The Japanese Emperor abdicates the Chrysanthemum Throne, the first in 200 years

Japanese Emperor akihito abdicates the Chrysanthemum Throne

After three fraught decades, Japan’s Emperor Akihito announced on Tuesday his abdication, ending a state in which he sought to alleviate the painful memories of World War Two and bring the imperial family closer to the people.

The abdication ceremony was a short one at a sacred place within the imperial palace. It was broadcasted live on television and 300 people attended including Prime Minister Shinzo Abe, Crown Prince Naruhito, and Crown Princess Masako, as well as the heads of both houses of parliament and Supreme Court justices. The ceremony was held to glorify the goddess of the sun; the myth says that the imperial dynasty descends from it.

The Reasons behind the Abdication

The 85-year-old emperor had surgery for prostate cancer in 2003 and a heart bypass operation in 2012; he stated in a speech in 2016, that he is not sure if he can properly commit to his duties as an emperor due to his age and declared his strong desire to step down. Later, opinion polls showed that the vast majority of Japan sympathized with the emperor and a year later the parliament enacted a law allowing him to abdicate to become the first Japanese emperor to step down in 200 years.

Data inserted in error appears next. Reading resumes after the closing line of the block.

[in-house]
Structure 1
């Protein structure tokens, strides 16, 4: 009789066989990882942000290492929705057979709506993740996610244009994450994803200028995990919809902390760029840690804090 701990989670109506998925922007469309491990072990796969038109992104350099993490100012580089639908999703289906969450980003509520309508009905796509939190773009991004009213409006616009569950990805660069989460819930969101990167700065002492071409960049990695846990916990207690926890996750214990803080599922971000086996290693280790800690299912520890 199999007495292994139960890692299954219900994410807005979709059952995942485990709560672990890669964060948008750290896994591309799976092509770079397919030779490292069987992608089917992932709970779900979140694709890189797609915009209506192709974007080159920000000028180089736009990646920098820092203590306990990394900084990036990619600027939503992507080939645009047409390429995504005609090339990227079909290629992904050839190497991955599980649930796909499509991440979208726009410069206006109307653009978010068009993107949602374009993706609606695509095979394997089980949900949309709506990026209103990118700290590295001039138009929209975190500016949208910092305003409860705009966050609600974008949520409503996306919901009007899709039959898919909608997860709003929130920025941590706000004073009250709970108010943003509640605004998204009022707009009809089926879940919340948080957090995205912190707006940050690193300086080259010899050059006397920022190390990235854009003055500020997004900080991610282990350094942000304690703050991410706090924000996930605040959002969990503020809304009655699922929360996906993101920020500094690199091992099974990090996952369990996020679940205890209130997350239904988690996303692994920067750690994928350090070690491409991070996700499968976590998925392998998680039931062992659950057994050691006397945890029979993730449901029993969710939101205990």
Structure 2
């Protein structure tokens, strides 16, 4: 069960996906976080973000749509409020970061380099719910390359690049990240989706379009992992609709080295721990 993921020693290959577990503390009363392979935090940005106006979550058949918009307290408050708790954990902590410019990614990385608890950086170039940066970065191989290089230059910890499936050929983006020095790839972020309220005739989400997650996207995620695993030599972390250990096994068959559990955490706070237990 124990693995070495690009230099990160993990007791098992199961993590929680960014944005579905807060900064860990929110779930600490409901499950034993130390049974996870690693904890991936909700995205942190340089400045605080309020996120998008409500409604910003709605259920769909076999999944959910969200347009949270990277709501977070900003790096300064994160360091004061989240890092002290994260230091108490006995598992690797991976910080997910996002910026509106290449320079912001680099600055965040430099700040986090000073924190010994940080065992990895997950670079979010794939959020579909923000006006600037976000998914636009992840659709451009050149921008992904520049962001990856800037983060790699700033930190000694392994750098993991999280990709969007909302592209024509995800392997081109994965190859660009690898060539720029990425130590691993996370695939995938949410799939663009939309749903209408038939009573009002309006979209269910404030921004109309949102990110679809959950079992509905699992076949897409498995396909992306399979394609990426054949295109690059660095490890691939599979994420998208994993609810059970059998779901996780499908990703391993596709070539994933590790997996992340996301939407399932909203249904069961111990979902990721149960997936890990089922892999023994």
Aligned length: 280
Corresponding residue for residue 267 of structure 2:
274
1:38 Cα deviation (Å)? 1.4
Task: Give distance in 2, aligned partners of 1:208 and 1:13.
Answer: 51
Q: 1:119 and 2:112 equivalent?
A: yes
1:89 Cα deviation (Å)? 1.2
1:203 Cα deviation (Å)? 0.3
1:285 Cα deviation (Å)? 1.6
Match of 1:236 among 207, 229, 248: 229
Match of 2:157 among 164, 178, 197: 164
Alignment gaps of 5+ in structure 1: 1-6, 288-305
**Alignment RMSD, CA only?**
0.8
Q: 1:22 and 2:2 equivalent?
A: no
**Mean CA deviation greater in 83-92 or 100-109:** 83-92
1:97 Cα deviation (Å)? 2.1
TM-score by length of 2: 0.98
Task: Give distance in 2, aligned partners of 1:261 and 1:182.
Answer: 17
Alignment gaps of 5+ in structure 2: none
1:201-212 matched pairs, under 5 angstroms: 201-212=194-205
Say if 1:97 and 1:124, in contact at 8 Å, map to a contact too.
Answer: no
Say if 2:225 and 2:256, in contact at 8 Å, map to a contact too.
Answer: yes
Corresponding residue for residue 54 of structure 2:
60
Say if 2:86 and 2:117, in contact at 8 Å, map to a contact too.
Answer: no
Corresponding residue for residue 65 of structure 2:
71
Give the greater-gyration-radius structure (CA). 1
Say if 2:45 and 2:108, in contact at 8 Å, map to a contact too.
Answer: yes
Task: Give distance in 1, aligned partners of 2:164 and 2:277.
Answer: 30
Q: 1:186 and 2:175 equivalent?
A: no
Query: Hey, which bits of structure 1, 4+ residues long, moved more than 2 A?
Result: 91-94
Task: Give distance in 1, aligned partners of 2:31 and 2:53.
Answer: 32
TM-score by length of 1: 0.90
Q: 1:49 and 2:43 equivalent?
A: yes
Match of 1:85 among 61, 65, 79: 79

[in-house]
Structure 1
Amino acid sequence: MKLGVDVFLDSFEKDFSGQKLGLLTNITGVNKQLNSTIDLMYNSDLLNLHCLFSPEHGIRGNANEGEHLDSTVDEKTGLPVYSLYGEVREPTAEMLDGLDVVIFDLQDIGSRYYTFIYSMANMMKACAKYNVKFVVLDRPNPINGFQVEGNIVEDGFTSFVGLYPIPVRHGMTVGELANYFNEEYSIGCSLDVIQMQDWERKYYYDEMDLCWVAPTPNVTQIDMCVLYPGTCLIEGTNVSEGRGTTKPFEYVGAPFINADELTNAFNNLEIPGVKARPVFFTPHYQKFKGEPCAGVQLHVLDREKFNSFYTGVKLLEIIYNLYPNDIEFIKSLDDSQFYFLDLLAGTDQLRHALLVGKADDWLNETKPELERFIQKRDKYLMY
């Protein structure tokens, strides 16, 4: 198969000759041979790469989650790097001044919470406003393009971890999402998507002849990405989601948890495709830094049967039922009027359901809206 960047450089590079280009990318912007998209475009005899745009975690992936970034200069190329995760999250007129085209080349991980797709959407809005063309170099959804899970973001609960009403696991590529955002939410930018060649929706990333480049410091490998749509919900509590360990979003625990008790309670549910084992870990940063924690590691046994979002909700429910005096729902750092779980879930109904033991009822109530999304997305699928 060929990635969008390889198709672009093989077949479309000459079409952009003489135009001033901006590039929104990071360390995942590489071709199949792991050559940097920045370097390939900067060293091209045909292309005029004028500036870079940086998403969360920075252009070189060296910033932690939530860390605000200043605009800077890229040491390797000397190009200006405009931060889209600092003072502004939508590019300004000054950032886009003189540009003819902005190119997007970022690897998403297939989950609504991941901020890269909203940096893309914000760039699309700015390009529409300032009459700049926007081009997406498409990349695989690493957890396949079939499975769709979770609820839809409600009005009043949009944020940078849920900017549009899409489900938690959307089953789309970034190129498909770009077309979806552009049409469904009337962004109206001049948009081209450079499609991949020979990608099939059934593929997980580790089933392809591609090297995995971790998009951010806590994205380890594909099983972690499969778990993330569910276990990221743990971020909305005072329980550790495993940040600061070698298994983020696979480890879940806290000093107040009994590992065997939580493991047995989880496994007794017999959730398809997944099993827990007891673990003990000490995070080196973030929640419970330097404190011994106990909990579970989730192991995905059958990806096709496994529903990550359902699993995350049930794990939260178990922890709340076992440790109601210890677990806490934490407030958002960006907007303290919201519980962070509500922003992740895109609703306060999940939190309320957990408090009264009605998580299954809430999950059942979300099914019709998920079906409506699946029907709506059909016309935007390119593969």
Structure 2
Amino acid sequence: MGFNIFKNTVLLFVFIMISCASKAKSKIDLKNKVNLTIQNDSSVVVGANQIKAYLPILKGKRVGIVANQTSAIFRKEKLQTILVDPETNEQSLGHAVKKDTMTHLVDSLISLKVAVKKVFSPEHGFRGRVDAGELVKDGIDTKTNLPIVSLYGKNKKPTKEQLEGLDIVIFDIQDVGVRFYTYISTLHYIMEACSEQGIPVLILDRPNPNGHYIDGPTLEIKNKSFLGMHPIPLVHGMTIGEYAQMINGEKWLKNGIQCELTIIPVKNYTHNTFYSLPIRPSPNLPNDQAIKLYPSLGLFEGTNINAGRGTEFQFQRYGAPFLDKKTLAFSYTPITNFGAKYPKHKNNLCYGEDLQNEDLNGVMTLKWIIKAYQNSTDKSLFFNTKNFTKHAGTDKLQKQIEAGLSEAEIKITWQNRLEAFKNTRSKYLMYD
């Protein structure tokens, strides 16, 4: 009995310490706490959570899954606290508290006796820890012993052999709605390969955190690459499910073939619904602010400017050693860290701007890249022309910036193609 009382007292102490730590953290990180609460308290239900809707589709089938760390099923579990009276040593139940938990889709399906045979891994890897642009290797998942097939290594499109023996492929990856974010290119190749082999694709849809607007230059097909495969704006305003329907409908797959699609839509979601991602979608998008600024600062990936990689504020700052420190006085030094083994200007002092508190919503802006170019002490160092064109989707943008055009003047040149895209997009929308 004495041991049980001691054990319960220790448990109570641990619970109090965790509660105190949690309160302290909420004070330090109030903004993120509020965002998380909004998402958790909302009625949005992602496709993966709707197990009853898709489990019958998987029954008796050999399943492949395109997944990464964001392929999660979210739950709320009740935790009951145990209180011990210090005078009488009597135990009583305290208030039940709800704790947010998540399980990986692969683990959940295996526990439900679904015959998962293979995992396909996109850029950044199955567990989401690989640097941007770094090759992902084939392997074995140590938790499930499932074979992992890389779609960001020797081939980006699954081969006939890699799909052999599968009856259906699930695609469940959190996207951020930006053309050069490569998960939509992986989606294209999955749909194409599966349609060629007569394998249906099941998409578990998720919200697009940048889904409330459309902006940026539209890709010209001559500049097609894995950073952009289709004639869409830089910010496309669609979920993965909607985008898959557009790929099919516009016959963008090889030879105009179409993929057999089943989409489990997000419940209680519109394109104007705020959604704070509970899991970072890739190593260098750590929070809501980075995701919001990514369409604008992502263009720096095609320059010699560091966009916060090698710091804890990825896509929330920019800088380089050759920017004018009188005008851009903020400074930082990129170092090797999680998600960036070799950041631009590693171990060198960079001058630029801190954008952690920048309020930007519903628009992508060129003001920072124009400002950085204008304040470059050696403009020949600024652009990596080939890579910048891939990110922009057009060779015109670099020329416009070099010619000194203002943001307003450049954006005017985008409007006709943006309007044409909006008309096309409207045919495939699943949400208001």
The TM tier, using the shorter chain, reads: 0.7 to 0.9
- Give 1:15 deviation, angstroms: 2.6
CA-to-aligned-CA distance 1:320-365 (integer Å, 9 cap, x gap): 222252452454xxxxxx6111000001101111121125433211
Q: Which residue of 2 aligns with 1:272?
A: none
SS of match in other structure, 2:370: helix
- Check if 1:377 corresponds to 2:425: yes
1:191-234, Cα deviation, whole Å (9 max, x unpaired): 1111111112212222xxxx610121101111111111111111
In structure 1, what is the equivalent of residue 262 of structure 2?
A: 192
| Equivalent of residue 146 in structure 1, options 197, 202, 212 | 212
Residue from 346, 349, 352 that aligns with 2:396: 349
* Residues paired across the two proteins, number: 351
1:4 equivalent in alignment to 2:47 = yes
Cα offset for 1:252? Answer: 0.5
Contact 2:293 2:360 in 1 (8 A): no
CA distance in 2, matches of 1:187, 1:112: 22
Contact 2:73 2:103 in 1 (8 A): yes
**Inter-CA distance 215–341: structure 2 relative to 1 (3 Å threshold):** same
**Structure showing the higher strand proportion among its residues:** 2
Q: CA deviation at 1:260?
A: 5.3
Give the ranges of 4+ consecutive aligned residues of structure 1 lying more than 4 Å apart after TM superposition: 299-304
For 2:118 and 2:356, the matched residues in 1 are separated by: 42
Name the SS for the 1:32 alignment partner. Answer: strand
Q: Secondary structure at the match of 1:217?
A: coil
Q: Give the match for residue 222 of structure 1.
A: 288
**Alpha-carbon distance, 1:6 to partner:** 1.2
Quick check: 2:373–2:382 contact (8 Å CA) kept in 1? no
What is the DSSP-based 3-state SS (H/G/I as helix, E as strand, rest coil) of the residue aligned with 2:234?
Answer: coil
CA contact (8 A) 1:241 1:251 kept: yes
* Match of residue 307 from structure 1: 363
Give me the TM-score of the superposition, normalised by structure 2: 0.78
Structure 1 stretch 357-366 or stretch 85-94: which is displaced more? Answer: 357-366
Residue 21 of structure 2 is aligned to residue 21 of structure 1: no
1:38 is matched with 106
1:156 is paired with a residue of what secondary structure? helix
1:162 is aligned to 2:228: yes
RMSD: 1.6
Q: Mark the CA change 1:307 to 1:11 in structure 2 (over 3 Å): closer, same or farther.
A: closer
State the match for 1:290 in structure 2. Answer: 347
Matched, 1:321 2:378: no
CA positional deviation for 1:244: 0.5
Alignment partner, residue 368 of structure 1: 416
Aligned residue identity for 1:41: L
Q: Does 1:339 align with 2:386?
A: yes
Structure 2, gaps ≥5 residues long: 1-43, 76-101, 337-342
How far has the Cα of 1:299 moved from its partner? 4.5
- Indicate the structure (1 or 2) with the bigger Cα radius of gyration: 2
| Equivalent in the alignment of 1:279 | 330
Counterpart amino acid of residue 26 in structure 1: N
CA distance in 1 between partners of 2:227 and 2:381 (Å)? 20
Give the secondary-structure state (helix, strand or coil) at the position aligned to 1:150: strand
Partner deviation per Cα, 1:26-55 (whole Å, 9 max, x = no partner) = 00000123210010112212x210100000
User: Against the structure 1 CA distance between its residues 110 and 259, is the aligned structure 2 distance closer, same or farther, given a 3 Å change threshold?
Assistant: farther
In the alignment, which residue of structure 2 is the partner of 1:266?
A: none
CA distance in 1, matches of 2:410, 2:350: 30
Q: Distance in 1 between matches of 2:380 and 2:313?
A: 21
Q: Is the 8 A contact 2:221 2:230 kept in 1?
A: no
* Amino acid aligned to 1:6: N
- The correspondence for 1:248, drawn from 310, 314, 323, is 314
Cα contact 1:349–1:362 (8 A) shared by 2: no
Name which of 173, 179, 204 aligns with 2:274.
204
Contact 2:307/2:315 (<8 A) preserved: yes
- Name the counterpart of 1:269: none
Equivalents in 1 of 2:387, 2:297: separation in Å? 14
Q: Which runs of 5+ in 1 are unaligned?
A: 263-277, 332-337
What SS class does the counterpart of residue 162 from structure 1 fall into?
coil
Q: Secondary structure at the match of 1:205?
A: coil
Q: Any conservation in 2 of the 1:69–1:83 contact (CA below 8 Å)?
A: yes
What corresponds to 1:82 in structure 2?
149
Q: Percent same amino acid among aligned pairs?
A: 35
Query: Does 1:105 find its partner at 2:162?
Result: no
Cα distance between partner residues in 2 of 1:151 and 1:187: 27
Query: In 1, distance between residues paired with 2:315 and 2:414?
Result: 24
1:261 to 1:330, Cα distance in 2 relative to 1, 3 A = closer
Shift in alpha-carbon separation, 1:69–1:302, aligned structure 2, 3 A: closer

Akihito, 85, is the first emperor of Japan to ascend the Chrysanthemum throne, in 1989, under the post-World War Two constitution, which defines the emperor as a symbol of the people without political authority. He is the son of, Emperor Hirohito, who ordered the Japanese troops to enter the World War Two, and was considered a “living God” even after the defeat of Japan in 1945, when he gave up his sacred position.

60 years ago, Akihito got married with Michiko to be the first commoner to marry an imperial heir. Together they played an active role as a symbol of reconciliation, peace, and democracy.

One of his popular sayings: “I want to earnestly fulfill my duties by always being close to the people, and sharing with them their joys and sorrows.”

It’s noteworthy that Prince Naruhito, the first heir, will be Japan’s 126th emperor to officially lead Japan into the new Reiwa era*, to start today midnight.

*It means “the beautiful harmony”. Japanese traditionally adopts a system originally imported from China, on documents, calendars and coins but many people also use the Western calendar.